It has been suggested that I write about my experiences...
The morning after
6:38 am, Saturday, March 12, 2011
Day three of the first hospitalisation
There is an old woman shouting in a room down the hall. I think she must be senile, and she sounds terribly sad, as the old and mad often do. She shouts continually throughout the day and her calls have reminded me of birds; first, of the seagulls that fly like white ghosts over my home town at night and second, of the peacocks in Beacon Hill park, whose weird, otherworldly wails punctuate the day over the whole south end of the city.
Her rhythmic chanting has been in Italian and I am not sure if she has been calling for her daughter Maria to come take her home, or upon the Madonna. Sometimes it has sounded as though she is calling “Signora, Signora…” On my first day here, she was shouting throughout the day and without cease late into the night.
After I had come back to the world following surgery on the first night, I lay in my bed unable to move because of tubes and glutted with fear and I tried to be angry. I tried to think, “Why don’t they do something, she’s disturbing the whole ward…” but my habitually selfish thoughts would not stick. Perhaps I was too frightened to be unkind.
I also knew that there was probably nothing anyone could do. The poor old thing is senile and it was clear that they were helpless to do anything. Whenever anyone tried to intervene, her shouts would increase in volume and desperation and she would start weeping. One night nurse, clearly having had her fill, scolded her, “Basta!” Enough! and remonstrated with her firmly, saying, clearly enough for even my poor Italian to grasp, that she was safe and there was no need to be so loud. “Tranquilla, tranquilla!” But the old woman’s shouts never ceased and only increased in rasping desperation during this motherly correction, turning for a moment into weak screams.
Finally, that awful first night, the old lady subsided and we all slept as well as our various afflictions would allow. At five twenty-four, precisely, the blonde and somewhat brutish night nurse came in for her last, clanging visit to finish her shift by changing IV drip bags, leaving fluorescent lights glaring behind her. I did not have the energy to push the button to ask that she come back and turn them off. By five twenty-six, she had done the same thing in the Shouting Lady’s room and the chants resumed their gloomy monotony. I don’t remember a worse awakening.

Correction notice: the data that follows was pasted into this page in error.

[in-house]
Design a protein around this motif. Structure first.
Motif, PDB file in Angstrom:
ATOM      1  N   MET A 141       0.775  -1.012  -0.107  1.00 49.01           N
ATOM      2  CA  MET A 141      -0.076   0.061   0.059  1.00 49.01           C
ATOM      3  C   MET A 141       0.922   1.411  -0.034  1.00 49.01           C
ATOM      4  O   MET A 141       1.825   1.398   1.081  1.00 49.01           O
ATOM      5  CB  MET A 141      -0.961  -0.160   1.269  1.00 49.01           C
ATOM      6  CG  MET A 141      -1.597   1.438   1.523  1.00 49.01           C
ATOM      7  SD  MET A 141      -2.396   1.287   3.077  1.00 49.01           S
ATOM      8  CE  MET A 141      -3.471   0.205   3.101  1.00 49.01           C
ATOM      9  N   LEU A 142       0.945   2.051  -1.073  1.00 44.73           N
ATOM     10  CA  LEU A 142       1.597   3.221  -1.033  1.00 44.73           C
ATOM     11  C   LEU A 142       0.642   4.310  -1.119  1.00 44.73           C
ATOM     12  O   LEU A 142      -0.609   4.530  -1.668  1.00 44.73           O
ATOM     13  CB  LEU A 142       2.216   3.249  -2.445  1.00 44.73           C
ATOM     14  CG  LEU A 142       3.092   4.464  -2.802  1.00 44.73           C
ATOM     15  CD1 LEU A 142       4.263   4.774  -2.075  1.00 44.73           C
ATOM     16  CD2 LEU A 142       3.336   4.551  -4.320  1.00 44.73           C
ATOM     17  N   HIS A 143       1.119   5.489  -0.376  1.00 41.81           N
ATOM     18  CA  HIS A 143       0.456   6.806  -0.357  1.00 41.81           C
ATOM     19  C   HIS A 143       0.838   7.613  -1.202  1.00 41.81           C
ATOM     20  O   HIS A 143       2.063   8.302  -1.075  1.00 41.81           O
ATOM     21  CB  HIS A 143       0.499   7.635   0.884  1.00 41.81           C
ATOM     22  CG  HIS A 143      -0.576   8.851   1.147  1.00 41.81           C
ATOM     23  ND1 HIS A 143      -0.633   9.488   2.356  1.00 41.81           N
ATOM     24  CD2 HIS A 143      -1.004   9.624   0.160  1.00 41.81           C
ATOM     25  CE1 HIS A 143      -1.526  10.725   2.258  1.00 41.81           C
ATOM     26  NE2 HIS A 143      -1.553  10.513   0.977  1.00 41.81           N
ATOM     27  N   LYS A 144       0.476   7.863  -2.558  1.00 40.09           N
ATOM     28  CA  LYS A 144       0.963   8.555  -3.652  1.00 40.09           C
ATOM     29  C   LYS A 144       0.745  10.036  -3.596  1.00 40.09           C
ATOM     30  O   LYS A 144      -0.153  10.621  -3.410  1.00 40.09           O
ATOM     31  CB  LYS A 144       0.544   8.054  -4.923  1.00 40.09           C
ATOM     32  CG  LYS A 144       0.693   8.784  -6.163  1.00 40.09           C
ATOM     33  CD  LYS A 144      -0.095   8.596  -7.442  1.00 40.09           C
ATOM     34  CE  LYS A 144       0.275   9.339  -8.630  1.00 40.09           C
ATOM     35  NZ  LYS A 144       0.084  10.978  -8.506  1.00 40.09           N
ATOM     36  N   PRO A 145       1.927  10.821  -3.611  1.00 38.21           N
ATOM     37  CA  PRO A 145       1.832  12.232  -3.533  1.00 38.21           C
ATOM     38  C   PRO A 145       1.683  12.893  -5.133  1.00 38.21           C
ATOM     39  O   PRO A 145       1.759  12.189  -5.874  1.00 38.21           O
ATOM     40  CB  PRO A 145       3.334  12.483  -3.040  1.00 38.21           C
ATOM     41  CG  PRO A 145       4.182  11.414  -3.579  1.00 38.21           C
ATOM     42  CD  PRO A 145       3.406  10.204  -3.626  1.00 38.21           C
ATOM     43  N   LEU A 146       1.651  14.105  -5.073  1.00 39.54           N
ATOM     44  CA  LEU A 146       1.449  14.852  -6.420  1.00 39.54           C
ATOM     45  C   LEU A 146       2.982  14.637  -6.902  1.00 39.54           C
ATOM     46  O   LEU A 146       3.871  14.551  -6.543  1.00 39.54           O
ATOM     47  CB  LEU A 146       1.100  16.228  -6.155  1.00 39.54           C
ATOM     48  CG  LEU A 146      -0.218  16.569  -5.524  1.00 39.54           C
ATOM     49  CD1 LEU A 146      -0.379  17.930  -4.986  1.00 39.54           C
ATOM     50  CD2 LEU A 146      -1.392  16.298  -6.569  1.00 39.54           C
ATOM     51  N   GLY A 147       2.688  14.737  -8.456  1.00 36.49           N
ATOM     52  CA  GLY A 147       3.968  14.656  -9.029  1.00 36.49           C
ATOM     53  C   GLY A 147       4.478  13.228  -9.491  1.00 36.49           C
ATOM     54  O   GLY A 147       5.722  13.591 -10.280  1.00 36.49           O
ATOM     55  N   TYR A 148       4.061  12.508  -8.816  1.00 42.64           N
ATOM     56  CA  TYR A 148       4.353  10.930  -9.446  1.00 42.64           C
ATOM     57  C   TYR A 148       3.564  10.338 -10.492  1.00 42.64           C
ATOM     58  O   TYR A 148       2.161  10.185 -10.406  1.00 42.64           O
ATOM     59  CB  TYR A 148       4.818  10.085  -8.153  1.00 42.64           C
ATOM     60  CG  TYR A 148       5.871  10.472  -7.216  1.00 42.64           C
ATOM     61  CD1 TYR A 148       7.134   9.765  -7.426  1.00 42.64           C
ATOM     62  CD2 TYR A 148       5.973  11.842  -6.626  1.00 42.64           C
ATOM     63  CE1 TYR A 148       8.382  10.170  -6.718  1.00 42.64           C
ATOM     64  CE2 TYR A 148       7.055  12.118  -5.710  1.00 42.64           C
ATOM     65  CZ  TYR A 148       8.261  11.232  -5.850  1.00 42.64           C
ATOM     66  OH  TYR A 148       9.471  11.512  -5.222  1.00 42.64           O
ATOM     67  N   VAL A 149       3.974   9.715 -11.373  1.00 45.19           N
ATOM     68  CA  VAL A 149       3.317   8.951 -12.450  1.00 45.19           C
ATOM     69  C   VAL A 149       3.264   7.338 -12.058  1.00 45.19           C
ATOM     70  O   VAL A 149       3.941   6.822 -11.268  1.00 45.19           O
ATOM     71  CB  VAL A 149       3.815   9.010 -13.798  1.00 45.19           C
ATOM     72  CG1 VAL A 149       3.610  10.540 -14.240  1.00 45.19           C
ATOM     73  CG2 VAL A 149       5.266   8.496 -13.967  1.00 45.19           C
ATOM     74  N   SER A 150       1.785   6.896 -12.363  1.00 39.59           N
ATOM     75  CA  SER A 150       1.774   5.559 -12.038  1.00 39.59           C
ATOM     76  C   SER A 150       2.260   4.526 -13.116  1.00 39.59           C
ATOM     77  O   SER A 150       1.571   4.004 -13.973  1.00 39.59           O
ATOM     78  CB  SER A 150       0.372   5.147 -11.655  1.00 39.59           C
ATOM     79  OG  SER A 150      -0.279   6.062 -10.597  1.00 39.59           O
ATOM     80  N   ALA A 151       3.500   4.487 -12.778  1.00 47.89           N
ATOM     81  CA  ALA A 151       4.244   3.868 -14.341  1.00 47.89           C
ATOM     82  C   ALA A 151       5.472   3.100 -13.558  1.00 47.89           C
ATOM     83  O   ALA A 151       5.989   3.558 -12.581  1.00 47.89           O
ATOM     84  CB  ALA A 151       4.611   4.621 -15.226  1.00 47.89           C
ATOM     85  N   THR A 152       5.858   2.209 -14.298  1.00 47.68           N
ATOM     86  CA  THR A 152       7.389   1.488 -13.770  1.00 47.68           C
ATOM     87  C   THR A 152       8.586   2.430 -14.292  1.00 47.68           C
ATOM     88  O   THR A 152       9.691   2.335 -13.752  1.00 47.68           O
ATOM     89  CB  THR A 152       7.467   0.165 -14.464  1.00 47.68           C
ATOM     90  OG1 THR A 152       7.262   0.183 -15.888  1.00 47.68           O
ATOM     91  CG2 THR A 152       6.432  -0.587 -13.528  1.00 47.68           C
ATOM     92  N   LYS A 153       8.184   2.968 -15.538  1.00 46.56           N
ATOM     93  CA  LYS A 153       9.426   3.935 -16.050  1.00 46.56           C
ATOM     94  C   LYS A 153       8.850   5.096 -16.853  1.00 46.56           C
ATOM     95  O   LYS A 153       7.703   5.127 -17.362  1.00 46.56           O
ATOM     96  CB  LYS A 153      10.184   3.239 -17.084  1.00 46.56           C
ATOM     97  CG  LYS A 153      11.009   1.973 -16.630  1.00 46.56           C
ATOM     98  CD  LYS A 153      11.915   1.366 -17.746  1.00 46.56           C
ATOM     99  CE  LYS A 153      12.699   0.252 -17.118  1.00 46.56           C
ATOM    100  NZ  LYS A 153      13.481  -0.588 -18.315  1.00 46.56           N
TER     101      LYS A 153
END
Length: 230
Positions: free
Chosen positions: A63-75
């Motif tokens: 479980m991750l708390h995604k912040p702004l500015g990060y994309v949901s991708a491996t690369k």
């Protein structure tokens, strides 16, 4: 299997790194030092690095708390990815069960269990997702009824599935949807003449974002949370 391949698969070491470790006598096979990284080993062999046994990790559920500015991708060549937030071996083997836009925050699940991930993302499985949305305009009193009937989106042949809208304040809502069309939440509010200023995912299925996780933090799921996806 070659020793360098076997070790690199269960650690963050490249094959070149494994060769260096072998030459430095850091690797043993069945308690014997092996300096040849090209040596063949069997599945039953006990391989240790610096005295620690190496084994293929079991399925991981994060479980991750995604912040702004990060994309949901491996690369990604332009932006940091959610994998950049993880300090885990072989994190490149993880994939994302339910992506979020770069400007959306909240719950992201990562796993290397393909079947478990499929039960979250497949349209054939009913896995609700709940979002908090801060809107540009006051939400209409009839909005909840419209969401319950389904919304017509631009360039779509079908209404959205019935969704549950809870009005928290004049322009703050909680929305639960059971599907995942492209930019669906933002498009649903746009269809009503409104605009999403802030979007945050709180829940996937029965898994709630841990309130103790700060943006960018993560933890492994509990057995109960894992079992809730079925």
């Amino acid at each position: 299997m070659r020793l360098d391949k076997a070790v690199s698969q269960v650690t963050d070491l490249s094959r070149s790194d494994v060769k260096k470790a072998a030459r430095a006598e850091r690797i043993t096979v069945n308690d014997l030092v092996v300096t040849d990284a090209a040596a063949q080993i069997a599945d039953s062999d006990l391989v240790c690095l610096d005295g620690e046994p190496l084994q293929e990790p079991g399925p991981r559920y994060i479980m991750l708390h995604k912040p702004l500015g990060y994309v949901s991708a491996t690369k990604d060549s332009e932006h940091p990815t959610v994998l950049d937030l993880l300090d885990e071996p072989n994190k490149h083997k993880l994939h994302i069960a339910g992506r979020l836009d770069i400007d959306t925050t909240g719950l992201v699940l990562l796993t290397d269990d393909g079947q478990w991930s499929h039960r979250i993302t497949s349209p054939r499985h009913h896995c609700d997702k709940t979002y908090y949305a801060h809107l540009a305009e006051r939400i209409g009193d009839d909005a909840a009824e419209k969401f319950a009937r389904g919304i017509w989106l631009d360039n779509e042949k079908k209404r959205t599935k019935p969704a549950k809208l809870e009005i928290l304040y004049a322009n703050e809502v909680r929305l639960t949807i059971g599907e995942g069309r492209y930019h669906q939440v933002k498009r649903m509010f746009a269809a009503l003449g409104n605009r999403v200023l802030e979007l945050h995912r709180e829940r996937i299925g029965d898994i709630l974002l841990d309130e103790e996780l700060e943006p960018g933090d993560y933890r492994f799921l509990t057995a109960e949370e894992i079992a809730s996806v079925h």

Today I am sitting up, with the pillow end of the bed cranked up high, and typing on my Mac on the roll-y tray table. I slept from eight to six and am de-tubed. I have had a shower and a glass of frizzante water and I know that in a few minutes, the trays will be pushed down the hall and there will be tea. I have had a full day of rest and quite jolly visits from friends who brought me amusing books and little canolis, on a gold paper tray wrapped in silvery mylar and a red curly ribbon. I slept fairly soundly through the night, hardly noticing the interruptions from nurses attending to my roommate’s needs. But at five-thirty Friday morning, I felt close to God; abandoned, in other words, and close to death.
An IV saline drip into the back of my left hand had replenished fluids after a 26-hour fast but my mouth was dry and thick and still tasted of anesthetic and I had no way of getting anything to drink. I lay on my side, hurting from the metal pin stuck in my flesh and immobilised by the catheter tube that humiliatingly drained my private fluids into a plastic bag on the floor. It was painful to lie on my side and I had slept on my back, which strains my lumbar causing excruciating pain after a short time, and compresses my breathing, giving me nightmares. My legs and hips and shoulders ached and I was shivering, not with cold but with the simple fright and horror of cancer. My jaw and upper throat ached and hurt when I swallowed, the after effect from the tubes during surgery.
It was too early to call anyone and the friendly Italian sun had not yet appeared. I could just hear the birds starting through the closed windows. I thought of the little blob of cancer growing on me like a rebuke, a punishment for past sins. A deadly disease that starts small and unnoticed and could end by eating me alive from the inside.
“Maria! Maria! Maria! Maria!...” the old lady cawed.
To my shame, I started to weep helplessly, waves of terror making my heart race and closing my throat. After a few minutes of this, the nurse came in looking concerned. Very kindly she said, “Why you cry? … depression?” I nodded, trying to smile. She patted my feet and said, “Can I ‘ave your blood?”
“Non tutto,” I said. Not all of it. I was so distracted, and the nurse so skilled, I hardly noticed.
“Maria! Maria! MARIIIAAA!!! Maria!...”